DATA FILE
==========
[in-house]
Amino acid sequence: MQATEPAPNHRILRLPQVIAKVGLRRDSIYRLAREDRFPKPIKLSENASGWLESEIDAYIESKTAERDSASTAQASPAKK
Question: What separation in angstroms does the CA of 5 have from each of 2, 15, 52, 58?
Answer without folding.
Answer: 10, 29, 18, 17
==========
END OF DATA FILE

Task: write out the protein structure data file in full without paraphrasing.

[in-house]
Amino acid sequence: MQATEPAPNHRILRLPQVIAKVGLRRDSIYRLAREDRFPKPIKLSENASGWLESEIDAYIESKTAERDSASTAQASPAKK
Question: What separation in angstroms does the CA of 5 have from each of 2, 15, 52, 58?
Answer without folding.
Answer: 10, 29, 18, 17